In May, Alabama enacted a new state immigration law. This law makes changes to Alabama’s “toughest-in-the-nation” state immigration enforcement regime (HB 56), which passed in 2011.
When the Alabama legislature first took up the task of changing HB 56 this year, it had an opportunity to enact real and true reform. Two legislators proposed a complete repeal of the offensive law. One of the repeal bills made it all the way to a floor vote and lost by a much closer margin than expected. Other legislators proposed tweaking HB 56 in different ways. One of these bills would have completely removed two particularly controversial parts of HB 56: requiring public school boards to determine the immigration status of newly enrolling K-12 students and their parents; and criminalizing the failure to carry certain federal immigration documents at all times. Another of these bills would have added a helpful exemption for churches and church-affiliated organizations, protecting them from criminal prosecution for serving all individuals in need regardless of immigration status.
But none of the above suggestions for reform were accepted. The new law (HB 658) left fully intact the provisions requiring public schools to investigate children’s immigration status and criminalizing the failure to carry certain federal papers. It dropped the proposed language protecting churches and church-affiliated institutions.
And it added new civil rights intrusions. Instead of defending Alabama residents from unconstitutional policing, it openly chastised the U.S. Department of Justice for trying to do so. And it required state officials to publish the names of all undocumented individuals who are arrested and come before a judge for any violation of state law, no matter how minor. The name of the judge and whether s/he decided to detain or release the person must also be included. This public list of names will be on a state-run website for all to see.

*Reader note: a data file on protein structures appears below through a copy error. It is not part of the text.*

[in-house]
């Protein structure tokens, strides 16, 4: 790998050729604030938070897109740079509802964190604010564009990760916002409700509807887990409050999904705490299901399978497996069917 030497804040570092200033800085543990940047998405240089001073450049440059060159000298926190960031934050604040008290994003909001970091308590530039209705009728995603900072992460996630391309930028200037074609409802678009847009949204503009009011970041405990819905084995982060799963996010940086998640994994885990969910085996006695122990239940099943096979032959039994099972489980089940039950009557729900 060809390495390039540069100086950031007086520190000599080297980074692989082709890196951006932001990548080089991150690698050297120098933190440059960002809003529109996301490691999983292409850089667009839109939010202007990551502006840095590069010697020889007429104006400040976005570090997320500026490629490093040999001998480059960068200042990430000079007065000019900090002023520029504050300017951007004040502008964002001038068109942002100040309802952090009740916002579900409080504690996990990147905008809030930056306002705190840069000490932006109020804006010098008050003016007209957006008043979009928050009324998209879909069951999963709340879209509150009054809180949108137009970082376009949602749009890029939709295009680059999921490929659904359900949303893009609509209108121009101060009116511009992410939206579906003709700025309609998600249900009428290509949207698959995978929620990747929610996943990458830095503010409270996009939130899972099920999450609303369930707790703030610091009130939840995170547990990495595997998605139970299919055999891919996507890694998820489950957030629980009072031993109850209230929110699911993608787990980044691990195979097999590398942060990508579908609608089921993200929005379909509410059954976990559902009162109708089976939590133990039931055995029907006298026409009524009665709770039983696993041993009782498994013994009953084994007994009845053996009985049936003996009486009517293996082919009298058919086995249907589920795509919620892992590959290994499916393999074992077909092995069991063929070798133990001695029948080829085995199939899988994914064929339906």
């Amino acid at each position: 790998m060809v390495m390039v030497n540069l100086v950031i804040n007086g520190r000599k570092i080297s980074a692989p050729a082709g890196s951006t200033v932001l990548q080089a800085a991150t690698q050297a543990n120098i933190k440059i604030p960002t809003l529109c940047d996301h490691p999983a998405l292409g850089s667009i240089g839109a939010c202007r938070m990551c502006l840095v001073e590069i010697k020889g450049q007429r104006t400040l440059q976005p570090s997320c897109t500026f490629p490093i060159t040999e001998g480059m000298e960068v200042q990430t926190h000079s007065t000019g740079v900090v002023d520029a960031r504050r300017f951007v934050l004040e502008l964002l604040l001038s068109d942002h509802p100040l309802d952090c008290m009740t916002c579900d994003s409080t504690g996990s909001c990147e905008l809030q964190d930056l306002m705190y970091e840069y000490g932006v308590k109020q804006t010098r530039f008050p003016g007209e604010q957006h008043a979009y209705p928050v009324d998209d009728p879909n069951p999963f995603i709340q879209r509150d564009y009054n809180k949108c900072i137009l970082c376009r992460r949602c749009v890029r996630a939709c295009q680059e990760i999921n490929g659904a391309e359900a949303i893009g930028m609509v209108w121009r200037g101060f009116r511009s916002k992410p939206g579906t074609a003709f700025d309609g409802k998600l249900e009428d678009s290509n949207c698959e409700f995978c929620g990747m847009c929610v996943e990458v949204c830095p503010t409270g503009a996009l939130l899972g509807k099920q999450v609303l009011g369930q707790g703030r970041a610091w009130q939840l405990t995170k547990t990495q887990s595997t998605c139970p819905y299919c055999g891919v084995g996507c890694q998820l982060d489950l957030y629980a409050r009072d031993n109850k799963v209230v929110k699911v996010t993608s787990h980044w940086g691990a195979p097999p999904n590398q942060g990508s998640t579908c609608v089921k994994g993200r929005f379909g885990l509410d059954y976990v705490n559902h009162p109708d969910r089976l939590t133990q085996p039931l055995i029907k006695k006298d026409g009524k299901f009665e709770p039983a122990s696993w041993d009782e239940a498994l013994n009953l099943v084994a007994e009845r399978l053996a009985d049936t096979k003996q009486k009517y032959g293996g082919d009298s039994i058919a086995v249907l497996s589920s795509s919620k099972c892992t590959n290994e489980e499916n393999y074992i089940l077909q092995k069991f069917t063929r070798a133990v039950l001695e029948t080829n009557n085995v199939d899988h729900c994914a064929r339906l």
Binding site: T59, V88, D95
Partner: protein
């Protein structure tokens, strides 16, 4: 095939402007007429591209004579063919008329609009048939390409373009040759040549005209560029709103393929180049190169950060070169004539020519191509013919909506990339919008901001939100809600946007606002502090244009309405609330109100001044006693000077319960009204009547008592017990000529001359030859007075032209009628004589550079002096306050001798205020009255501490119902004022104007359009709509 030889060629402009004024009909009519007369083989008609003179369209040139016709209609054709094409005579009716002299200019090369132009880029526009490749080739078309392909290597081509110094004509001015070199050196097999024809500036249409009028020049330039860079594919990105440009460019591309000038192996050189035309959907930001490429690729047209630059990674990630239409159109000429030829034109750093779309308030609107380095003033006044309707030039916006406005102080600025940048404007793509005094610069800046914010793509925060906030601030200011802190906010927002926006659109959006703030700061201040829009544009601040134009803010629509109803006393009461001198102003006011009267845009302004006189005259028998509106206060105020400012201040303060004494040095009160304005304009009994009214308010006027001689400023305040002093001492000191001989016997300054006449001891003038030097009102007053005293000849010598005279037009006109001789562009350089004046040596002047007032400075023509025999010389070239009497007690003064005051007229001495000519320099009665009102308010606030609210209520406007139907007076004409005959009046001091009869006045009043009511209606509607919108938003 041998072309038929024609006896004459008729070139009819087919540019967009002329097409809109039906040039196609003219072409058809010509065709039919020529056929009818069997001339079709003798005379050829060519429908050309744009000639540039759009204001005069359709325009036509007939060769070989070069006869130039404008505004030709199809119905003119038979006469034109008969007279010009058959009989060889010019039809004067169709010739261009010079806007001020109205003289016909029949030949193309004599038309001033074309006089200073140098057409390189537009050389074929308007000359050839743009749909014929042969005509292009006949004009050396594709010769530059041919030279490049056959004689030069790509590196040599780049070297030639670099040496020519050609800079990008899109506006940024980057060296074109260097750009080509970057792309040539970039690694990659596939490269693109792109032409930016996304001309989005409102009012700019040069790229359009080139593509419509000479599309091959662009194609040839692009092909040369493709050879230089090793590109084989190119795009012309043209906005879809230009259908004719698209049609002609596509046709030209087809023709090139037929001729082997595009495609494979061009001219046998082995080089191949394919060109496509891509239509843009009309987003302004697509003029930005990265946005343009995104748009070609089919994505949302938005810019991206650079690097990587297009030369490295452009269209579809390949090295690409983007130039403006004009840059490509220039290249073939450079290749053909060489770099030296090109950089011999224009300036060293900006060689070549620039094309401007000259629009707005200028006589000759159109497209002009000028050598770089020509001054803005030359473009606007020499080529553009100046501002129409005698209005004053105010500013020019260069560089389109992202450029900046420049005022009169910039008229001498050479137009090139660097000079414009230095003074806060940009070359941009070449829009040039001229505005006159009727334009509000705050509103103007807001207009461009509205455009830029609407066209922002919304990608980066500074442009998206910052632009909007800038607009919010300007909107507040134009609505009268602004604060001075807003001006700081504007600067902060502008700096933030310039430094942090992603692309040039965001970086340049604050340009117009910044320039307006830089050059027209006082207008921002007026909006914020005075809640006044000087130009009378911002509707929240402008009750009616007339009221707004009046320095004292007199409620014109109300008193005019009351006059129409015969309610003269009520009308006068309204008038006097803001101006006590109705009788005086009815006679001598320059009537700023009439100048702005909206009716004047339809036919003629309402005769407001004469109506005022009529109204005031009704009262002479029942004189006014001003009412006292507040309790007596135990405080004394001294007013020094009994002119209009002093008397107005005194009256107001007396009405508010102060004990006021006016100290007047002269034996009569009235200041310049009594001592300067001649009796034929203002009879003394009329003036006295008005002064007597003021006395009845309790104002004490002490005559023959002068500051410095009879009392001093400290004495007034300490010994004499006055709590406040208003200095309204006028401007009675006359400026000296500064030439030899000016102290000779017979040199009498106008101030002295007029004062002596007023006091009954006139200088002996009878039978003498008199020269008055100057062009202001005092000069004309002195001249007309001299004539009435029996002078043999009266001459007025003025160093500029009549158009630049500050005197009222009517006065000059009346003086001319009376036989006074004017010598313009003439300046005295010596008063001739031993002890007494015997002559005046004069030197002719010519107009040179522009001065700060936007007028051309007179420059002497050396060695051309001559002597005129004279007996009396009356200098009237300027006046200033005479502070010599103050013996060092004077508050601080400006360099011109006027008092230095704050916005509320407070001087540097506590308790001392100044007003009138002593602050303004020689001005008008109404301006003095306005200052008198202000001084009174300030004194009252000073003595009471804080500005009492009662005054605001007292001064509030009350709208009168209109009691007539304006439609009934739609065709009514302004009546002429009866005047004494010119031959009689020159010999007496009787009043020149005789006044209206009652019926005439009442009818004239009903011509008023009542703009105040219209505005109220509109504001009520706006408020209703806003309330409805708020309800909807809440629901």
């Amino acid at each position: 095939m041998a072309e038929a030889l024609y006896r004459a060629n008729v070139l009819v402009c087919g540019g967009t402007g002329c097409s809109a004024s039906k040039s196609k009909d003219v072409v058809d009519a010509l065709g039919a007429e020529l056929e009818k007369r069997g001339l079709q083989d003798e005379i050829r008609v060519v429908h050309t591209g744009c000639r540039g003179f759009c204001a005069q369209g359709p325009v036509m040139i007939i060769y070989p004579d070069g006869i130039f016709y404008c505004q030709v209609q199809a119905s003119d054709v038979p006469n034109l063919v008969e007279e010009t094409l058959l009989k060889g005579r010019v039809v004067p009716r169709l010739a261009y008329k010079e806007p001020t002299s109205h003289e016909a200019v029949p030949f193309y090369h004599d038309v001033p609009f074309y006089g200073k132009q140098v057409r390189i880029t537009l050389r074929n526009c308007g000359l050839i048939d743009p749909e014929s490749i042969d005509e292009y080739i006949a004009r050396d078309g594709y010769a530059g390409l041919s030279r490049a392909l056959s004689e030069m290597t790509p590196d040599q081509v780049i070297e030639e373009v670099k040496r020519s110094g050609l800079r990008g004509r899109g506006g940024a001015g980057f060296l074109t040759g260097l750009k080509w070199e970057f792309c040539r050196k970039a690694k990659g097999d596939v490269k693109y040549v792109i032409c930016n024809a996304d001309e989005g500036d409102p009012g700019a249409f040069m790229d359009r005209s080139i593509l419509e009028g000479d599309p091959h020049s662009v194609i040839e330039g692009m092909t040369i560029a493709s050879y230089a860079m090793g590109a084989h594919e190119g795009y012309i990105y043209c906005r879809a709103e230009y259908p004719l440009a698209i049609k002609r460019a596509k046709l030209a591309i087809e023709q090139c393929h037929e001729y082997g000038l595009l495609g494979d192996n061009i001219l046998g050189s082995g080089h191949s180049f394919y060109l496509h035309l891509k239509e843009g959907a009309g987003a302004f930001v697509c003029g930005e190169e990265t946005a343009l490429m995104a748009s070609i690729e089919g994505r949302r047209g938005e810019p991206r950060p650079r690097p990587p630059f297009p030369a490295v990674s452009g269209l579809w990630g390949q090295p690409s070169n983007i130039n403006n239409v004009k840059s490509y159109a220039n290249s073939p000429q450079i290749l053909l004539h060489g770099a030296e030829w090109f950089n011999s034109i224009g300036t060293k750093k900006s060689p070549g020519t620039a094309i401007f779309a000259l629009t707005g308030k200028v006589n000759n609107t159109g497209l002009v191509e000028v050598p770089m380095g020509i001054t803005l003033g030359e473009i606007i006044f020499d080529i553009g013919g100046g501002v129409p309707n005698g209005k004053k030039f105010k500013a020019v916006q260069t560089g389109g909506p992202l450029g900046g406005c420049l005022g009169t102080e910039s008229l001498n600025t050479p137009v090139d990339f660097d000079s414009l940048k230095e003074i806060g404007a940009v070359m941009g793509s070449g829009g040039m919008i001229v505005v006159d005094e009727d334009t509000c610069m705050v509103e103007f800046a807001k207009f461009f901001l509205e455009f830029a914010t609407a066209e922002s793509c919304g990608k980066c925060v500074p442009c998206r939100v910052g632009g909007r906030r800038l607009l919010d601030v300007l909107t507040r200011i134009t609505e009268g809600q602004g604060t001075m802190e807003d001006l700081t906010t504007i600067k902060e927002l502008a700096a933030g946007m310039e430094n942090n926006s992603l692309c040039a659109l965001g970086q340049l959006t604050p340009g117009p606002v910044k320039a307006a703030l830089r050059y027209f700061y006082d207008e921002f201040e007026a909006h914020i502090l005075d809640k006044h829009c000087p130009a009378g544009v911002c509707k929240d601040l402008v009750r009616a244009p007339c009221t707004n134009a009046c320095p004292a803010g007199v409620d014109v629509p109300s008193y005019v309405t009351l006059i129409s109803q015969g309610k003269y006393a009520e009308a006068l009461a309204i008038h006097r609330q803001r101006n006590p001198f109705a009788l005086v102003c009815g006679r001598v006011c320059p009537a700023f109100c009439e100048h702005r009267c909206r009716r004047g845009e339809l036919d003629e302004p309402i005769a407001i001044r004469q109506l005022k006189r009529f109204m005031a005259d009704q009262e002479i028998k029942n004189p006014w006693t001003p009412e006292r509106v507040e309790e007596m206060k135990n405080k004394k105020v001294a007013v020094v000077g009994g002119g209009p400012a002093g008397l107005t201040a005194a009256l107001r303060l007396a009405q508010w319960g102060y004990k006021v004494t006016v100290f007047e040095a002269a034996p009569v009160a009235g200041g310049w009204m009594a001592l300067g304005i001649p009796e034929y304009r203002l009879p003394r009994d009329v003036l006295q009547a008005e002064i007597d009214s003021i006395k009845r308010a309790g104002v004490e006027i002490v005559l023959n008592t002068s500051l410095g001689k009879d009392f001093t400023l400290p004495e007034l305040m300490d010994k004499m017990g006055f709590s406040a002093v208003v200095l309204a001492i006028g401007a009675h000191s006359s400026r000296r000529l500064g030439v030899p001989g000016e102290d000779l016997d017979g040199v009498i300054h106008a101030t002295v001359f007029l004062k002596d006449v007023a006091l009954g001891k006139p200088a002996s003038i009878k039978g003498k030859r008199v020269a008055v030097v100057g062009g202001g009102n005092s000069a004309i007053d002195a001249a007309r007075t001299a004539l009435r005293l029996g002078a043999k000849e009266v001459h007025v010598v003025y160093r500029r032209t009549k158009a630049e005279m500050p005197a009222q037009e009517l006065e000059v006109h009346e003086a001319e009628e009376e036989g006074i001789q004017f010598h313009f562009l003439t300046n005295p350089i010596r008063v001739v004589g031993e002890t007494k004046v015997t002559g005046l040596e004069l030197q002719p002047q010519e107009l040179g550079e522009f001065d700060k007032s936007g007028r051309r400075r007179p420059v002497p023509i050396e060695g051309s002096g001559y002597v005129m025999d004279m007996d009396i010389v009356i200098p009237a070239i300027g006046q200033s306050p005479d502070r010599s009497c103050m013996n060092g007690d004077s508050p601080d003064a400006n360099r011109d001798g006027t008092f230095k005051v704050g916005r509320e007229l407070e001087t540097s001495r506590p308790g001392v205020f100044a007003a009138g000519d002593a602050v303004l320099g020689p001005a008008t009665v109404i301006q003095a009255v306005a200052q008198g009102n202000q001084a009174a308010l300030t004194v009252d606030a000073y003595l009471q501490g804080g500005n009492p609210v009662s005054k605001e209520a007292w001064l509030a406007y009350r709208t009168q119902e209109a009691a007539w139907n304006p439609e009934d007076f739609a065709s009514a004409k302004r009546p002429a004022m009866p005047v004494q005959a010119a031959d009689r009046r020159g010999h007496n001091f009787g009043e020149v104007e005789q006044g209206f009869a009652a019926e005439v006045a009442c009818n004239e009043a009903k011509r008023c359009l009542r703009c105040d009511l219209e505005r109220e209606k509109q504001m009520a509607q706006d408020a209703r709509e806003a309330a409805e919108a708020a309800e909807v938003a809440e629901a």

Even the elements of good that the new law achieves do not go far enough and, ironically, may result in more of HB 56 going into effect than federal courts had previously allowed. Citing changes made by HB 658, the state of Alabama recently asked a federal court to reconsider its prior decision to block two parts of HB 56: one banning public colleges and universities from enrolling undocumented students (§ 8), and another making it a crime to engage in certain “business transactions” with the state (§ 30).
It remains to be seen how all of this will play out in the courts. But from the perspective of civil rights, HB 658 is a missed opportunity.